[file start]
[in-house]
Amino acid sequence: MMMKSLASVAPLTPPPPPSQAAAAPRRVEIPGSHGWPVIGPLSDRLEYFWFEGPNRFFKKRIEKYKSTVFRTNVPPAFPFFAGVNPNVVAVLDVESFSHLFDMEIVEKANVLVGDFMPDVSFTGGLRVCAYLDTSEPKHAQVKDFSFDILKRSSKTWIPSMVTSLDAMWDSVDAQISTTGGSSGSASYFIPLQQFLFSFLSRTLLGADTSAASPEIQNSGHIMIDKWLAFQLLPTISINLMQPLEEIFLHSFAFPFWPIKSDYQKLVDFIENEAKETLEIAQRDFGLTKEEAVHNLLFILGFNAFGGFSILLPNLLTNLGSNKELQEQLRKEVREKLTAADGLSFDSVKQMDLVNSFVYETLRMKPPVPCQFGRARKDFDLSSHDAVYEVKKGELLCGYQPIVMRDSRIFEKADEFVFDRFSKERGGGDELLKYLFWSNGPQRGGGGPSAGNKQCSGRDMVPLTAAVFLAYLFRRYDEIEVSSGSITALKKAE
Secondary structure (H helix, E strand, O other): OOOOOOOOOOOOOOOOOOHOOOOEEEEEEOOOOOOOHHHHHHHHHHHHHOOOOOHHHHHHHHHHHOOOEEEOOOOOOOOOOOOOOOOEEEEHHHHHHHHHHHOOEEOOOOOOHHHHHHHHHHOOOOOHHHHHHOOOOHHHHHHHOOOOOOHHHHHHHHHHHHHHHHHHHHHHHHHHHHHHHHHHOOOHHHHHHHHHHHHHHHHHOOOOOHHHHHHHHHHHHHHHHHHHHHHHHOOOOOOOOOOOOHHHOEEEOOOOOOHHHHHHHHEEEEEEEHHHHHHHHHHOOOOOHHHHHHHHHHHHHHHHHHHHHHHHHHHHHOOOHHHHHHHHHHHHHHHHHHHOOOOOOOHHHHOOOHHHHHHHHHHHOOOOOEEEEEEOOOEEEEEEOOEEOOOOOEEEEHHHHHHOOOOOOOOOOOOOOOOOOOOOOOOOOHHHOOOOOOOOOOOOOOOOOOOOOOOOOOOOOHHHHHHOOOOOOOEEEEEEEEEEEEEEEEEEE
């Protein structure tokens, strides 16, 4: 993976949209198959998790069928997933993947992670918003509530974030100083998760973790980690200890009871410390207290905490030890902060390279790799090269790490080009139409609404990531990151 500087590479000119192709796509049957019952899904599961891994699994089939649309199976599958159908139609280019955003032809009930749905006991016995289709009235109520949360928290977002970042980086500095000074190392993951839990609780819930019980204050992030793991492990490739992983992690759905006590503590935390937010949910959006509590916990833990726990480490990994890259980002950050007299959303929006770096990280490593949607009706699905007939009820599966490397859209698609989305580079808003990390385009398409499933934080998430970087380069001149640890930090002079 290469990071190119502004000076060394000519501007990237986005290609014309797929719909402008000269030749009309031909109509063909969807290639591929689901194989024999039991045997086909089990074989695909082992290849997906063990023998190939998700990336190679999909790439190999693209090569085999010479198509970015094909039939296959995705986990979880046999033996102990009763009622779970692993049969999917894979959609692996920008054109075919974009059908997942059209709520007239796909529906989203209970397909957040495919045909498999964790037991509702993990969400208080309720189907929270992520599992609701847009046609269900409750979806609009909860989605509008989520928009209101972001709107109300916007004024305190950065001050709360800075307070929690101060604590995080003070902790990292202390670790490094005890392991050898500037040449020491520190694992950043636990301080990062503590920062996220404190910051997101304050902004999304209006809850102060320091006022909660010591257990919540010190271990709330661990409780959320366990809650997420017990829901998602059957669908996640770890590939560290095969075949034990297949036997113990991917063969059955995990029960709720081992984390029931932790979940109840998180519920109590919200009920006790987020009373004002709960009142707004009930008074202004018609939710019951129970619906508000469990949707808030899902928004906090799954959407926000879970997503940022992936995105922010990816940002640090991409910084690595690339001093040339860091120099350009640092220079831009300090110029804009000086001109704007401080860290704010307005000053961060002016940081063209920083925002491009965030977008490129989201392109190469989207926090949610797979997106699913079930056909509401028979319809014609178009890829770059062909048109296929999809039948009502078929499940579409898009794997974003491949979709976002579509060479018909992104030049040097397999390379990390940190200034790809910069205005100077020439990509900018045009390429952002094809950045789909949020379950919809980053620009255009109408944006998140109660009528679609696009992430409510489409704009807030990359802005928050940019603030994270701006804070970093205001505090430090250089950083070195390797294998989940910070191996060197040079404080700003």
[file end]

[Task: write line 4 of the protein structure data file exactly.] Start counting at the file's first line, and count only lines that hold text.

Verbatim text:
């Protein structure tokens, strides 16, 4: 993976949209198959998790069928997933993947992670918003509530974030100083998760973790980690200890009871410390207290905490030890902060390279790799090269790490080009139409609404990531990151 500087590479000119192709796509049957019952899904599961891994699994089939649309199976599958159908139609280019955003032809009930749905006991016995289709009235109520949360928290977002970042980086500095000074190392993951839990609780819930019980204050992030793991492990490739992983992690759905006590503590935390937010949910959006509590916990833990726990480490990994890259980002950050007299959303929006770096990280490593949607009706699905007939009820599966490397859209698609989305580079808003990390385009398409499933934080998430970087380069001149640890930090002079 290469990071190119502004000076060394000519501007990237986005290609014309797929719909402008000269030749009309031909109509063909969807290639591929689901194989024999039991045997086909089990074989695909082992290849997906063990023998190939998700990336190679999909790439190999693209090569085999010479198509970015094909039939296959995705986990979880046999033996102990009763009622779970692993049969999917894979959609692996920008054109075919974009059908997942059209709520007239796909529906989203209970397909957040495919045909498999964790037991509702993990969400208080309720189907929270992520599992609701847009046609269900409750979806609009909860989605509008989520928009209101972001709107109300916007004024305190950065001050709360800075307070929690101060604590995080003070902790990292202390670790490094005890392991050898500037040449020491520190694992950043636990301080990062503590920062996220404190910051997101304050902004999304209006809850102060320091006022909660010591257990919540010190271990709330661990409780959320366990809650997420017990829901998602059957669908996640770890590939560290095969075949034990297949036997113990991917063969059955995990029960709720081992984390029931932790979940109840998180519920109590919200009920006790987020009373004002709960009142707004009930008074202004018609939710019951129970619906508000469990949707808030899902928004906090799954959407926000879970997503940022992936995105922010990816940002640090991409910084690595690339001093040339860091120099350009640092220079831009300090110029804009000086001109704007401080860290704010307005000053961060002016940081063209920083925002491009965030977008490129989201392109190469989207926090949610797979997106699913079930056909509401028979319809014609178009890829770059062909048109296929999809039948009502078929499940579409898009794997974003491949979709976002579509060479018909992104030049040097397999390379990390940190200034790809910069205005100077020439990509900018045009390429952002094809950045789909949020379950919809980053620009255009109408944006998140109660009528679609696009992430409510489409704009807030990359802005928050940019603030994270701006804070970093205001505090430090250089950083070195390797294998989940910070191996060197040079404080700003």